Quad Subwoofers – Are Four Subs Worth It?

Spend any time researching subwoofers and you’ll quickly find that “more is better” is a common theme. We’ve talked about how dual subwoofers are great (and better than one or three subwoofers). But we haven’t talked much about four subwoofers. For some, four subs are the holy grail. The pinnacle of the Mount Everest of bass. What is the deal? What do quad subs do for your home theater and are they worth the extra cost of two additional subwoofers?

Advantages of Dual Subwoofers

As a quick recap, the reason to own two subwoofers is that, when properly placed and set up, they provide more consistent bass throughout your room. This makes it easier for your room correction program to EQ their response making every seat much better for bass. When adding two more subwoofers, surely everything gets even better? Well…

Probably not enough seats to make quad subs worth it.


If you follow our article on dual subwoofer setup, you’ll pretty much know how to set up quad subwoofers. Basically mirrored placement around the room. In an enclosed, rectangular room, the most popular options are the four corners. Place your four, identical subwoofers in each of these corners and you’ll be good to go. What was more even bass is now even more evener bass!

But Is It Worth It?

Quad subs sound great to the enthusiast, but is it worth the cost of buying two additional subwoofers? Honestly, in most home theaters, not really. While it will be true that the bass will be more consistent throughout the room, the question is what exactly does that do for you? In a small theater with one or maybe two rows of seats, not a lot. In such theaters, people really only care about one or two seats. The dual subwoofers were already creating pretty consistent bass for those seats.

Do you have this many seats? No? You probably don’t need quad subs.

Who Needs Quad Subs?

This is one of those questions where the answer is, “If you have to ask, it isn’t you.” There are two types of people that talk about adding four subwoofers and how much the extra subwoofers were worth to them. First is the hardcore enthusiast who just wanted “all” the bass and will stop at nothing to ensure they don’t think they wasted their money.

The second type is someone with a large theater and many seats. In such a room, where the consistency of the bass is very important, quad subwoofers will absolutely be worth the price of the additional subs. In a small room, the seats to the sides of the couch are already compromised. They are much closer to speakers on one side of the room which is not great for your surround sound imaging. Plus, anyone sitting in the side seats many times has non-optimal viewing angles. Put all that together, and quad subs in such rooms don’t make sense.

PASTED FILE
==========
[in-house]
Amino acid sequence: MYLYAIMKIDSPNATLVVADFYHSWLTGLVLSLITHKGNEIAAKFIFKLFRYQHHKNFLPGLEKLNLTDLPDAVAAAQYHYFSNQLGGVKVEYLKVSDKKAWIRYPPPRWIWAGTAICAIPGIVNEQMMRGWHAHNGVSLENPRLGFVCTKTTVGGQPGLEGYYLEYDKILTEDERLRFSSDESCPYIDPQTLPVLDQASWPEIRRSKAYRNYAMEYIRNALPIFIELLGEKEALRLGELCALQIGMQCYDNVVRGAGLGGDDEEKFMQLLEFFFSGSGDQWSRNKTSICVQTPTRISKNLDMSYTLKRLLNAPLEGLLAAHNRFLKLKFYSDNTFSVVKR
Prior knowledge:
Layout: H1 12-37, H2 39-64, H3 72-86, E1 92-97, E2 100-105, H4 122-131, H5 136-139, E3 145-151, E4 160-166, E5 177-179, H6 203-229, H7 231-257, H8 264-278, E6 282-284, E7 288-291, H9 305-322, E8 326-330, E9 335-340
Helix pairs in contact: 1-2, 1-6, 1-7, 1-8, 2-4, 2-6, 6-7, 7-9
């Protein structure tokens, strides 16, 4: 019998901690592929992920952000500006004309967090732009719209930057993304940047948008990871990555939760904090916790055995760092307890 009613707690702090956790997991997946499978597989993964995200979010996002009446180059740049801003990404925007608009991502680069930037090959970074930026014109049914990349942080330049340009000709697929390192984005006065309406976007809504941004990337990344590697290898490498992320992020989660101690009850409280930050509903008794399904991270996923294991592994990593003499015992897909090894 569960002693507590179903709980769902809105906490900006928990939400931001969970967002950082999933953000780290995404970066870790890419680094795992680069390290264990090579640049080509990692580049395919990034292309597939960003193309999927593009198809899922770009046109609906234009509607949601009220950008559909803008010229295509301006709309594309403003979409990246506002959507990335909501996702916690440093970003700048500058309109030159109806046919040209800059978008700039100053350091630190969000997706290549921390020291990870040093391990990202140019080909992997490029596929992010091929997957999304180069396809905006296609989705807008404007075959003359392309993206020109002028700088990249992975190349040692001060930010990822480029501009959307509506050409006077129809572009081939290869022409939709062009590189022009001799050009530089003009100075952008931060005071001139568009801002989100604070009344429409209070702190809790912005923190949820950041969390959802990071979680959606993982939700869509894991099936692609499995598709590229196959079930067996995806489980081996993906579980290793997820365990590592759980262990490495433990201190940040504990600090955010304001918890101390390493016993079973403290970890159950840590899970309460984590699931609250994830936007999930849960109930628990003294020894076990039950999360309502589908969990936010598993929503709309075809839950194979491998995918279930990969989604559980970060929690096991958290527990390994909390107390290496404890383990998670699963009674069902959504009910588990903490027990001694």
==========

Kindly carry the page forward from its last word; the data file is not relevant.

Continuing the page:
In that larger room, where many seats would be considered “optimal” for sound and viewing, you want the bass to be as good for one seat as for any of the others. Quad subwoofers (or even six or eight subs) would even out the bass throughout the room and totally be worth the extra cost.

What About Non-Rectangular Rooms?

Whenever we are talking about placing subwoofers, we always hope that you have an enclosed, rectangular room. But that isn’t always the case. Many “home theaters” are housed within larger rooms. Open-concept living rooms, large multipurpose basements, etc. In these spaces, predicting how bass waves will interact is very difficult. Quad subs (or even an odd number of subwoofers) might be worth experimenting with. The downside is that you need something like Room EQ Wizard (REW) and the associated hardware. You’ll also need the (admittedly free) MSO software. MSO or Multi-Subwoofer Optimizer will help you dial in many subwoofers in such a space. It is not as easy as setting up dual (or quad) subs in a rectangular room, but it’ll help you get the best bass out of more than two subwoofers.

While using REW and MSO with three or more subs in any room will help you dial in the bass, many times it is not worth the equipment, money, and time investment. In large rooms, getting fully pressurized bass is often not wanted or recommended. In smaller rooms, using a single subwoofer and the subwoofer crawl method is many times sufficient. It may only provide good bass for one seat, but the extra cost of quad subs (or some other number of subwoofers) just isn’t worth it.

Do you have quad subs? How do you like them? Let us know in the comments below!

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